Q: How has your corporate citizenship benefited the country as a whole?

A: Our corporate responsibility endeavours are implemented with a long-term plan in mind. We believe corporate responsibility is not mere ad-hoc work, or a philanthropic endeavour. An integral part of our CSR is how we conduct our business with responsibility without taking unsustainable risks in order to ensure that our stakeholders are not negatively affected in any manner.

Eagle isn’t merely a commercial establishment engaging in Corporate Responsibility, but an entity driving the nation forward through a value-system. Eagle’s CSR is consistent, comprehensive, and consciously impacts the country with a profound commitment towards building a better society.  We re-evaluate our scope once in two years and then select new projects based on emerging societal needs.  

Eagle’s CSR endeavours are designed to be relevant to each stage of a person’s life-cycle, driving the nation forward as a whole.

• Fostering early childhood development — Gurupubuduwa seminars.

• Inculcating safety awareness amongst pre-schoolers.

• Encouraging educational excellence — ‘Eagle Higher Educational Scholarships.’

• Providing direction to positively guide young adults – educating teenagers, parents and teachers.

• Developing adults by teaching positive thinking through seminars and sponsorships of TV and radio programmes.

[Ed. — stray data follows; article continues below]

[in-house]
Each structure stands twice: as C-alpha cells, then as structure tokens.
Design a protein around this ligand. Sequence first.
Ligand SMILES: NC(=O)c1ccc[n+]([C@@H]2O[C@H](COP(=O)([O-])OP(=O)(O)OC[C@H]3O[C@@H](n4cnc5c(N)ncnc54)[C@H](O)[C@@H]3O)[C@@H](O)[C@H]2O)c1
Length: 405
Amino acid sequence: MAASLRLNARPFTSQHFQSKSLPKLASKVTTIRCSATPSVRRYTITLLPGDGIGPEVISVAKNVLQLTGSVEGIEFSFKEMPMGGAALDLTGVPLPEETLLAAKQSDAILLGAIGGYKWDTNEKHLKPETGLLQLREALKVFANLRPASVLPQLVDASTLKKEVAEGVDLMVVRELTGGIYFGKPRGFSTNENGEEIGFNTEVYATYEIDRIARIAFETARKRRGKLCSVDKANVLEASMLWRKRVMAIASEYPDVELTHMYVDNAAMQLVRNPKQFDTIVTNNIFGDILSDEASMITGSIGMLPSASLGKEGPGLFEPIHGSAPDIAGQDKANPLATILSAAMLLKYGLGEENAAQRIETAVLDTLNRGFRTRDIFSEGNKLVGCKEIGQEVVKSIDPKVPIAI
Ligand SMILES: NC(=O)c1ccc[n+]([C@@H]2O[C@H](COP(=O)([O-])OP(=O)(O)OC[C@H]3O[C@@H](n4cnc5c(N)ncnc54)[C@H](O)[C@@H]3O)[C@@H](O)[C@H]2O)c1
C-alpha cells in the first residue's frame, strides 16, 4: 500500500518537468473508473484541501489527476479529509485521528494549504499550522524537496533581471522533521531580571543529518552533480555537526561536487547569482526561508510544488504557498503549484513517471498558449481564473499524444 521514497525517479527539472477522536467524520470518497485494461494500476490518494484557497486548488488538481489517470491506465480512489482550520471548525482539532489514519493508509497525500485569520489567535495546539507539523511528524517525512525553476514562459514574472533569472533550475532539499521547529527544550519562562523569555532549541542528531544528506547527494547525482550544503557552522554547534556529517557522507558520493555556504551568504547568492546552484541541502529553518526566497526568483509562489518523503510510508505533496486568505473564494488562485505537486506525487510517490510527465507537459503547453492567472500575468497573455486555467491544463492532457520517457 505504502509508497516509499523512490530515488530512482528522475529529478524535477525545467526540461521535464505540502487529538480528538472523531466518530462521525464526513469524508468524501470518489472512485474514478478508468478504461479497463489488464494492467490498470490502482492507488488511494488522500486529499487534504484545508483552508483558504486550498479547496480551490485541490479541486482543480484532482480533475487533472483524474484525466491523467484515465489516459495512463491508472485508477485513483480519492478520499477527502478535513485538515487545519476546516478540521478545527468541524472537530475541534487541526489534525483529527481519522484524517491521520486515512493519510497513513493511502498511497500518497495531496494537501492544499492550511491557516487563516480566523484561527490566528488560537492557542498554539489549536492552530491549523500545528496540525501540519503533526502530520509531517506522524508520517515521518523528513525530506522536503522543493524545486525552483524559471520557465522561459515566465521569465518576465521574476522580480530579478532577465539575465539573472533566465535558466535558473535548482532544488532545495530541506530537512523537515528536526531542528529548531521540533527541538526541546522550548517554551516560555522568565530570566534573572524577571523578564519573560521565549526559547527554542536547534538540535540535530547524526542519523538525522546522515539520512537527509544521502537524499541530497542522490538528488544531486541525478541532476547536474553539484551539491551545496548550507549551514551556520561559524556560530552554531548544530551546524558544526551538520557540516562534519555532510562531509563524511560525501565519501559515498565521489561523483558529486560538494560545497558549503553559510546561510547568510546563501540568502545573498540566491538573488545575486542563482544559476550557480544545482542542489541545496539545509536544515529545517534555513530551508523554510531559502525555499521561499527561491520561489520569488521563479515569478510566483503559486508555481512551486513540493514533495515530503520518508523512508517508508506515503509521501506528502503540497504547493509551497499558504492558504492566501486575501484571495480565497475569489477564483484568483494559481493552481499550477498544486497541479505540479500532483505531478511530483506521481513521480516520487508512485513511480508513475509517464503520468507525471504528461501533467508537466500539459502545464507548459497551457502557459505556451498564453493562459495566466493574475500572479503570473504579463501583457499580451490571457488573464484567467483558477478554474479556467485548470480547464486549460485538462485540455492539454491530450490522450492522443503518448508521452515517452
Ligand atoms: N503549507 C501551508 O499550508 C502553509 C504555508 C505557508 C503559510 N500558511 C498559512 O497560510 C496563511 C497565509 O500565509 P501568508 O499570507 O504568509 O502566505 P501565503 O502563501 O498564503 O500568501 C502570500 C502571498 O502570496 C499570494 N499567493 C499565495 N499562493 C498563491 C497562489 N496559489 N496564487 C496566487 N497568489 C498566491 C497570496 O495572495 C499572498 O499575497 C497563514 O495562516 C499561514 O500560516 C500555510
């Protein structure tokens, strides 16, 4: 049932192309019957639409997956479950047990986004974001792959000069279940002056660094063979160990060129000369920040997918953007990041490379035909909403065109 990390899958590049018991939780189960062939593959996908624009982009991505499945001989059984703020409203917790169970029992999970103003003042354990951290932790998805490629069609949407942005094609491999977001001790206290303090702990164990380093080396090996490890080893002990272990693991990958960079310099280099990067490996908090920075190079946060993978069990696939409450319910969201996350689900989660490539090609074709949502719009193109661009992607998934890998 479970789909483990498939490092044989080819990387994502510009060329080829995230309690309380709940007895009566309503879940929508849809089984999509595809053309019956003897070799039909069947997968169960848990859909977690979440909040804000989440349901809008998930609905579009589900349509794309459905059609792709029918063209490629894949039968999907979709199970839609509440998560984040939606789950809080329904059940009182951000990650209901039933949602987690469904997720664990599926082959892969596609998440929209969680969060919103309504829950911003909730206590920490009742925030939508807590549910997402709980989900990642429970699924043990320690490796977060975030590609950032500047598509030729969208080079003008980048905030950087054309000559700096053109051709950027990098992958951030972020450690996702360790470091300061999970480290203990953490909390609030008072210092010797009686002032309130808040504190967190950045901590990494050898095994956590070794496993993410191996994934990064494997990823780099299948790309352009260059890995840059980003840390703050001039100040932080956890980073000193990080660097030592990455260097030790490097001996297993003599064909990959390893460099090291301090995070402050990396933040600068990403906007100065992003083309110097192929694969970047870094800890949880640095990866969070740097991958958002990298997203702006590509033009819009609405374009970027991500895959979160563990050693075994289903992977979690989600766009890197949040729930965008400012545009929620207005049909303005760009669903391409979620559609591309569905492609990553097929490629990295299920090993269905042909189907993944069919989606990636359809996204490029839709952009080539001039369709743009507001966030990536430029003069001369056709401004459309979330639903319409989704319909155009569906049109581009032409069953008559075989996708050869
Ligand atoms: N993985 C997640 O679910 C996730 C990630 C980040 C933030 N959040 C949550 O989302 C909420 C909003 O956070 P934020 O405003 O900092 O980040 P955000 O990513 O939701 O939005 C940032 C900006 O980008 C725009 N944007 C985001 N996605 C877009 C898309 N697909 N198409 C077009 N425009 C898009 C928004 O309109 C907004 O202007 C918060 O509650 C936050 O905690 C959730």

• Offering placement opportunities to university students.

• Developing entrepreneurship skills.

• Recognising excellence in arts — “Eagle Excellence Awards.”

• Fostering safety in the workplace — “National Safety Awards” leading to corporate and national productivity.

• Conserving the environment.

Q: What is Aviva’s contribution towards your CSR efforts?

A: Aviva is a very strong global corporate citizen. Aviva’s CSR plans are an important part of its business strategy. Key initiatives in 2008 included the carbon offsetting and carbon reduction programme, building employee awareness and engagement in all aspects of CSR. In Sri Lanka we have replicated some of the best practices of Aviva, such as employee volunteerism and conservation of the environment.

Q: Could you give us some examples of your other CSR endeavours?

A: Eagle’s consistent effort to nurture the Sri Lankan community has resulted in the launch of its most recent innovative CSR platform, Samana — “Creating an Equally-Abled Society.”